Natural Neighborhoods: Sustaining Trees in Montford

Lisa Wagner, Montford Resident, Former Director of Education, South Carolina Botanical Garden,
Clemson University

Montford-mulch-spot-webWe live in a historic neighborhood with abundant trees, but they weren’t all here when Montford was established over a century ago. The next time you’re walking or driving in the neighborhood, notice the diversity of our urban forest canopy. Can you spot the mature scarlet and white oaks, Eastern hemlocks, sycamores, Eastern white pines, black cherries, and red maples? Or, you might recognize favorite ornamentals such as Norway spruce, European linden, or flowering cherry. These trees make up much of Montford’s urban forest community, certainly its canopy, and provide a natural diversity of habitats for birds, pollinators, and other wildlife.

Observing the Mature Varieties

Many of the largest trees were probably planted early in Montford’s history by homeowners or were street tree plantings included as part of early development efforts. (A walk through Riverside Cemetery or a visit to Biltmore Estate provides an excellent introduction to the kinds of trees that were being planted at the time; many are still planted today). A venerable ginkgo on Cumberland Avenue probably reflects a homeowner’s enthusiasm for the species; it’s now a huge tree, delighting us with its size and fall color.

What can we do to promote the health of the urban forest in Montford? The City of Asheville, Asheville GreenWorks (a community-based non-profit), and other organizations continue to plant trees along streets and in parks, but as residents, we have an equally important role to play.

Carefully Replacing Trees and Shrubs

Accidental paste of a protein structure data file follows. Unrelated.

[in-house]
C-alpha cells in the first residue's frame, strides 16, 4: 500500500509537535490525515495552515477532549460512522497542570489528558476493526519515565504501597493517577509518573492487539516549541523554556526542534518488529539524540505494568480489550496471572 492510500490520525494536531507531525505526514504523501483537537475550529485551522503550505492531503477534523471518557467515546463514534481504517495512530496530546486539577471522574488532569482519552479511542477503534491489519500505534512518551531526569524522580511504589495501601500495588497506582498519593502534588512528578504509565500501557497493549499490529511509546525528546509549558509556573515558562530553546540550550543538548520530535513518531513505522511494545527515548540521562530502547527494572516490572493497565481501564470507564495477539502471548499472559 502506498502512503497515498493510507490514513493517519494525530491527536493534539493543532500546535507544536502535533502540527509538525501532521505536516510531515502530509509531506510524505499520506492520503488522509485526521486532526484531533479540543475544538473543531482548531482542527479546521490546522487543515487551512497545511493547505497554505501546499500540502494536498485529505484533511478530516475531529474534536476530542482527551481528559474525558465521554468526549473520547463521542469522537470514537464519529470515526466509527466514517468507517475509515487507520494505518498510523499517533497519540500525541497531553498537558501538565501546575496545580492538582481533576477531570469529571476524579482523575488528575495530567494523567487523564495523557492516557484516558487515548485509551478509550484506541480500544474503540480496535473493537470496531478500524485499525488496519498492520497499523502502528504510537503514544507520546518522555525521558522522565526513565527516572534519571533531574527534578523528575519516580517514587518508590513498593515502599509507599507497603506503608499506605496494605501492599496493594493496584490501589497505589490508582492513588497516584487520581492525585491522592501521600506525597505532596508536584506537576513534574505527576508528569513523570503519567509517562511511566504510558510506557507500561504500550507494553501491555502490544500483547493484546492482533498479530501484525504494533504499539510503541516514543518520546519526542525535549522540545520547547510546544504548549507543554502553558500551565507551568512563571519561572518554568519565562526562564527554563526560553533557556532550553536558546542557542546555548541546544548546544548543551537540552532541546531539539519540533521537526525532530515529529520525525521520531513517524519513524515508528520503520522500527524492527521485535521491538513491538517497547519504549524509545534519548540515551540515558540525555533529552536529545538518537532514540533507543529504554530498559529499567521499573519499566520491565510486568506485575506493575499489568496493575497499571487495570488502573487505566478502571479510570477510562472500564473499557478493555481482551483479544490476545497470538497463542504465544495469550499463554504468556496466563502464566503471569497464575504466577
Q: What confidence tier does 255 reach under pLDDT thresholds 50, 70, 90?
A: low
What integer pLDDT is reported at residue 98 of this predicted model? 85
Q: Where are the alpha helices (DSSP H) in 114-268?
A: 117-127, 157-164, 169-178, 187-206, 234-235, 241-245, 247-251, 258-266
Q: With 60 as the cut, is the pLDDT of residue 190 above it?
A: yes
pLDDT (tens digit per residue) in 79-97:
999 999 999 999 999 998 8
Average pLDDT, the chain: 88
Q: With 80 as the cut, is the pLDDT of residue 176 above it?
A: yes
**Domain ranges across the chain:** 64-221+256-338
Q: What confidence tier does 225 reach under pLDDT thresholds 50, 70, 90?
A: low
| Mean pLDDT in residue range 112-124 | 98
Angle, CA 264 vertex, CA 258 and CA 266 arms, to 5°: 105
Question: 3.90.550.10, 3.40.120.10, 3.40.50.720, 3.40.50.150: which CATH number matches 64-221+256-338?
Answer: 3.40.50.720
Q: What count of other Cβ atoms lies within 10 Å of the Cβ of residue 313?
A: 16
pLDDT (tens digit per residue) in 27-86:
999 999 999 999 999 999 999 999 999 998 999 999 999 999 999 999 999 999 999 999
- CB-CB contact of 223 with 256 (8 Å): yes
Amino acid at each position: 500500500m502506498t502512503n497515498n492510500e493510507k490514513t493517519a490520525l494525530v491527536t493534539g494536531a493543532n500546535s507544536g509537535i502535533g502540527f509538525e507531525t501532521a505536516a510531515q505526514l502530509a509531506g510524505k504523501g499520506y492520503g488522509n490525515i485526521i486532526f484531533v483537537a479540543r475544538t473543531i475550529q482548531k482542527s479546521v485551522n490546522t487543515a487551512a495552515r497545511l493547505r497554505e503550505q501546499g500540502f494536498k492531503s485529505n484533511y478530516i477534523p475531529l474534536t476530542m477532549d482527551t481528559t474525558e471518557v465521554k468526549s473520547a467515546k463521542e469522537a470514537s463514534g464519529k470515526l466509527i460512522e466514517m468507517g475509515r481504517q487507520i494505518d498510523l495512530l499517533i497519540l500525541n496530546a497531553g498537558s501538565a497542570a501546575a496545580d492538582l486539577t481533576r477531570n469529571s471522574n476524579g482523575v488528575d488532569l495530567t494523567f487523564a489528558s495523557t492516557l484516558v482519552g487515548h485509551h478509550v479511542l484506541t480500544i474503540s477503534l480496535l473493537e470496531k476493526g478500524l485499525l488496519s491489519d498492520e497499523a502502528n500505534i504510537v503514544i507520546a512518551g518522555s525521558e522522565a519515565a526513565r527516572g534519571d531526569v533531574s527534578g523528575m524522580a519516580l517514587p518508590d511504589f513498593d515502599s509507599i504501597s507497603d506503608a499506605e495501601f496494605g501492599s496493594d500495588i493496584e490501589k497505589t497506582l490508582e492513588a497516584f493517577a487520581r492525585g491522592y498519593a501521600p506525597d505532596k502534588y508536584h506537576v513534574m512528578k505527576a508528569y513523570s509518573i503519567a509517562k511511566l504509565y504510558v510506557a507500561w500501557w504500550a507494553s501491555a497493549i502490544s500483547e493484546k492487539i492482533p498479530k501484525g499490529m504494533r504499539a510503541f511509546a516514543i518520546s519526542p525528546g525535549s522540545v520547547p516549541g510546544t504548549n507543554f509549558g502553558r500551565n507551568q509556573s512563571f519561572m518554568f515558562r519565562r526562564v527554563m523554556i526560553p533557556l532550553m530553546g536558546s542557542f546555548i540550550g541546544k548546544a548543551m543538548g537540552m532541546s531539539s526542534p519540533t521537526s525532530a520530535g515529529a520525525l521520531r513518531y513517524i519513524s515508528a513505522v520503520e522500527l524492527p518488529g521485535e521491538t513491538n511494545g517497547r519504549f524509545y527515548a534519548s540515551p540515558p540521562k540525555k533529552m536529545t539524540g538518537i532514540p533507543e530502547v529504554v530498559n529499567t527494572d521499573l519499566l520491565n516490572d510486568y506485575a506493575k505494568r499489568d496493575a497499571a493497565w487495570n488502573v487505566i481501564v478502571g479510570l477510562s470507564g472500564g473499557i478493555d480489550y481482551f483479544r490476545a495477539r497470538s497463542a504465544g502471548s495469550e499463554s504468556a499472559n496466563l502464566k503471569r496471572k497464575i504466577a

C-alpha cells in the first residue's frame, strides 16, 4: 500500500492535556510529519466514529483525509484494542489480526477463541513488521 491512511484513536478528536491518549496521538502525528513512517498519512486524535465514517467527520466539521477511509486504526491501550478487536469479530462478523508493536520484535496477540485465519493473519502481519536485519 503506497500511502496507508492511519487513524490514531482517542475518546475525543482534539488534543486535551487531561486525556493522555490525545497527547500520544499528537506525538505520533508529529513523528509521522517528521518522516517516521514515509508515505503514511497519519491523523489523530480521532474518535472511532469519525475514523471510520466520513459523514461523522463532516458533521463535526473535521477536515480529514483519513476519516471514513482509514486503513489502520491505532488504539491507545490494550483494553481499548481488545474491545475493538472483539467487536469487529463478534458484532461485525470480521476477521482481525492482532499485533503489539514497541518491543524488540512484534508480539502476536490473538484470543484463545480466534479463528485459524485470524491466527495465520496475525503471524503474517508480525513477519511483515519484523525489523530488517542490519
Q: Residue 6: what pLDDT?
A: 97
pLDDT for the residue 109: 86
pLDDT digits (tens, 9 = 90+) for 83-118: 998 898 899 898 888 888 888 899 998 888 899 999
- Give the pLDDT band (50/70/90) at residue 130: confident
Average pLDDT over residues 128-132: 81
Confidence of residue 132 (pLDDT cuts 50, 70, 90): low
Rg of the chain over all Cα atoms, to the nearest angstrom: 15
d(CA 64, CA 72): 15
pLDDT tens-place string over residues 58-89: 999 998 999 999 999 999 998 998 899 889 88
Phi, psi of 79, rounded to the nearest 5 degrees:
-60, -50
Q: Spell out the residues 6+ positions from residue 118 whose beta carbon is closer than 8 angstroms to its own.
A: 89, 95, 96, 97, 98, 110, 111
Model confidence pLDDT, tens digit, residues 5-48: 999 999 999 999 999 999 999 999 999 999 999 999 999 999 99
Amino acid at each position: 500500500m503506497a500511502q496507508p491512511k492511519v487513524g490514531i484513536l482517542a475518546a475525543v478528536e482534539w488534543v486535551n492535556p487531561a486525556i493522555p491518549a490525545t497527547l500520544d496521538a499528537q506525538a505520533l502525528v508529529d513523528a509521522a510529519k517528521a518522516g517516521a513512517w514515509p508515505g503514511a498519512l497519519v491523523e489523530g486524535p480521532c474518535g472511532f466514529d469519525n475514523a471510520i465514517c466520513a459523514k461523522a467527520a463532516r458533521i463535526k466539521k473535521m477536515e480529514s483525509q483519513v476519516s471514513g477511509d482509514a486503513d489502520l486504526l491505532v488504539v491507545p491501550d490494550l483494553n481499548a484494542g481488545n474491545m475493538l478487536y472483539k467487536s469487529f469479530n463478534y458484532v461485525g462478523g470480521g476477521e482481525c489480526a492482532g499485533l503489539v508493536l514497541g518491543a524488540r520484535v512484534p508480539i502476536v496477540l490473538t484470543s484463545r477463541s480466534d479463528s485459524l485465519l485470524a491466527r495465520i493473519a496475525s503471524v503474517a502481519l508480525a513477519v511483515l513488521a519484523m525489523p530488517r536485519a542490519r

As we lose trees and shrubs for various reasons, we have the opportunity to replace them with equally species-rich arrays. We have excellent choices available, both native and non-native. When space permits, long-lived native trees such as oaks, tulip poplars, and sugar maples help re-knit the ecological backbone and functioning of an urban neighborhood. If smaller trees are more suitable, there are good choices for natives and non-natives alike (see the species list in the Montford Historic District guidelines, available on the City of Asheville’s website, for suggestions). Our lot sizes differ as do the character of the streets in our neighborhoods, but choosing to add trees and shrubs that diversify our landscapes is a key determinant of long-term neighborhood forest health.

It Matters—Attentive Planting, Diversity, Mulch

We can continue to make Montford a more natural neighborhood through creating healthy landscapes which incorporate a diversity of trees, shrubs, and perennials, providing natural habitat for a variety of birds, insects, mammals, and other animals, while providing an abundance of nature for human inhabitants and our companion animals.

My garden group recently mulched a small planting spot next to the Montford corner store; it’s adjacent to the recently installed stoplights and median curbs, so it’s a small step toward making the intersection more attractive. There are lots of opportunities in our neighborhood for additions of plants, large and small. Let me know if you need any suggestions!

Lisa’s blog: naturalgardening.blogspot.com/